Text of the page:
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“There are so many moments of beauty in this that it amounts to a gallery, a gathering.” | Photo: Leonardo Martinelli

It opens with a litany, that which can be delivered via apps, goes through an operatic song. Then a fanfare, the squalling of a scooter engine, a few cubic centimetres stretched to distortion.

Testimony as voiceover, portraits of the workers. “This damnation is our only income.” The apps control income, the consequences of a block are significant. This film is too, an absolute delight. Dance interludes on cobbled street, watched over by digital ghosts. In balaclavas and polo shirts brass instruments are held at port arms, the band a threat like the police, the customers, the streets.

The backpack is an anchor to real life. Leonardo Martinelli’s film is a street level portrait of a class level conflict. The false smile on the Covid mask. Suggestions of brutality over sauces while there have been stories of real brutality from multiple sources. Not just through the app and its ratings but call and response. Ghosts and shades. It’s not just Europe that is haunted by a spectre, Brazil has it even outwith the capital.

There are so many moments of beauty in this that it amounts to a gallery, a gathering. The haunting chorus of “get to work” before the ballet of the graffiti-clad plaza. The skies lost between the buildings. The stages set, “they told me it would be like a musical”. It is, but not a happy one. Gustavo Andrade’s sound and Felipe Quintelas’ camera route this surreality in reality, set feet to soaring above the cobbles.

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In a pre-recorded Q&A at 2022’s Glasgow Short Film Festival Martinelli was asked about the genre clash at the heart of Neon Phantom. Documentary’s existence in the real, and musical’s focus on the posed, if not wholly artificial are contrasting, if not mutually exclusive. He talked about the influence of apps, that having one meant you had “a job”, but that precarity, the presence of it to become something that is at once “intrinsic” and “invisible”. Recruiting cast and crew with open calls online, artists, writers working in these roles because of economic conditions, joined. One sequence of dancers attracted the attention of a delivery worker who then joined the film himself. This level of participation helps ground the film even as its singing and dancing stylises it. I found myself thinking about the way that the demands of ostentatious ‘realism’ distorted the 2019 Les Misérables as a marked contrast to the way that the demands of ostentatious unrealism distort this. There it was not just notes but emotions that were flattened, here the choreographies of commerce, the crush of capital (both cities and cash) are foregrounded.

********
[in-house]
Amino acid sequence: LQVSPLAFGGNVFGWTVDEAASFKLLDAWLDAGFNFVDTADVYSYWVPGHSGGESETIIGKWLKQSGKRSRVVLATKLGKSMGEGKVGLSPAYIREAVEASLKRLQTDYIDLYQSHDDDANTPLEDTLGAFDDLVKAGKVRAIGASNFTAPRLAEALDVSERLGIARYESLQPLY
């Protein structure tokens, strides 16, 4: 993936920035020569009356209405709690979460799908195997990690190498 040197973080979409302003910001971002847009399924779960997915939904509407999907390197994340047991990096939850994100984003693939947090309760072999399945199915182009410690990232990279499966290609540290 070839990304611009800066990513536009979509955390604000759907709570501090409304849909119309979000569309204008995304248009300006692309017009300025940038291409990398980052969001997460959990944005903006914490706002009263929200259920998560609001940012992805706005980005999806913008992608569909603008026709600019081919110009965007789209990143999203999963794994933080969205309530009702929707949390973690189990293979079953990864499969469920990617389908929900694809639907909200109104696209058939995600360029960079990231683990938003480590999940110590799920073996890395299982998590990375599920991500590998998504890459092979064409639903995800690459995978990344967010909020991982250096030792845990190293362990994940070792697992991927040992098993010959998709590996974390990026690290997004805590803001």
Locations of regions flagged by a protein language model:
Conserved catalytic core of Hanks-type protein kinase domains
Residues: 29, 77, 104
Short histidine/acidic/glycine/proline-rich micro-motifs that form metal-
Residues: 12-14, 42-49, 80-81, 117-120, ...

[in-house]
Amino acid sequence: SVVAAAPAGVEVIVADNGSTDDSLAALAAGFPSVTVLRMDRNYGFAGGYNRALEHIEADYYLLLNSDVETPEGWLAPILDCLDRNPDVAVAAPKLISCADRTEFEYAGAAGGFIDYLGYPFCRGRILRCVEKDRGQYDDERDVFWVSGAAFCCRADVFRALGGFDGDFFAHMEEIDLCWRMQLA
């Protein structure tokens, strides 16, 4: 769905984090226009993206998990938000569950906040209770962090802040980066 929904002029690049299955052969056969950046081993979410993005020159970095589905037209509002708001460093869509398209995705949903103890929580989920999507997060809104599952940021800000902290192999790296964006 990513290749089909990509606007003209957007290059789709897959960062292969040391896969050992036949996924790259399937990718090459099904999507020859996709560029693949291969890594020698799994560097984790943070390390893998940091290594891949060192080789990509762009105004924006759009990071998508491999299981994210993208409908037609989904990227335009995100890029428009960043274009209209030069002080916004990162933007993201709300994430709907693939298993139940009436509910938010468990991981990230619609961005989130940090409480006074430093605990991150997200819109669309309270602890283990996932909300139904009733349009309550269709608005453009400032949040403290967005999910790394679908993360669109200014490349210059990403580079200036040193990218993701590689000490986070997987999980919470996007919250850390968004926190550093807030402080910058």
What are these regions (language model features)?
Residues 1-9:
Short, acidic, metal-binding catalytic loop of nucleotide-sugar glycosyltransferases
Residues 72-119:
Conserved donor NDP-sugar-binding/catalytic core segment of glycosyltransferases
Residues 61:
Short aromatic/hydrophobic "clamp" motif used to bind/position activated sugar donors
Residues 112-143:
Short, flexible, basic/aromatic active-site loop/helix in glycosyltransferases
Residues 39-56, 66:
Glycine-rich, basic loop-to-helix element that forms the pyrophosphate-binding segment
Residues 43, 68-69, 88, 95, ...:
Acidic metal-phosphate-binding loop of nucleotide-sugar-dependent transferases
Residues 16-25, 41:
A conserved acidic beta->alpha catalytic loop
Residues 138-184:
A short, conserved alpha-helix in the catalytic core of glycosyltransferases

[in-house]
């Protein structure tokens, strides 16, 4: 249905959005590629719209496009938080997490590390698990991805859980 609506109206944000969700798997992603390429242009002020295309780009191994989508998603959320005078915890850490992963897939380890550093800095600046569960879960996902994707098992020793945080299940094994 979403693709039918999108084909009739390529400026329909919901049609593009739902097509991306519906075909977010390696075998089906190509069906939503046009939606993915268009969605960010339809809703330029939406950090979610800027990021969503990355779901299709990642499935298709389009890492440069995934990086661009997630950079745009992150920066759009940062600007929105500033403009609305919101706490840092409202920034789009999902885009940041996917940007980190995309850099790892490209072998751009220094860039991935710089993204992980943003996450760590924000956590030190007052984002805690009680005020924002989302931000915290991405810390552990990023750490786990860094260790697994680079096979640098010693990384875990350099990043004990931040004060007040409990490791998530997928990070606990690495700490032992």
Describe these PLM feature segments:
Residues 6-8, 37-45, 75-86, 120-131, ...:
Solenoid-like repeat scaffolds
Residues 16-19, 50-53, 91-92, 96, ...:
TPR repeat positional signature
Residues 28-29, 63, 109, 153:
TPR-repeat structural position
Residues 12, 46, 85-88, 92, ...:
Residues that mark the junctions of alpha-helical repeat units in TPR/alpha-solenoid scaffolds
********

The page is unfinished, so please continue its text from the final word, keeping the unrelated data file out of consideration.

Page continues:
Chico Barque and Tom Jarbin were mentioned as influences, and that’s one of the great strengths of these curated Q&As – my knowledge of South American political songs does not include Constracao but to know that it was not just an inspiration but a direct reference is a delightful detail. It’s never been in doubt that the staff of GSFF are fans of film, but it’s a genuine pleasure to have their insights available in this way. This is also true of the precariat of Brazil’s delivery sector, workers who, like the eponymous neon phantoms, are invisible despite if not because of their obviousness. To explore that disconnect with something as ostensibly oxymoronic as a musical documentary is a flash of genius, as bright as the notification bell on a phone, and at least as compelling.

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Reviewed on: 30 Mar 2022

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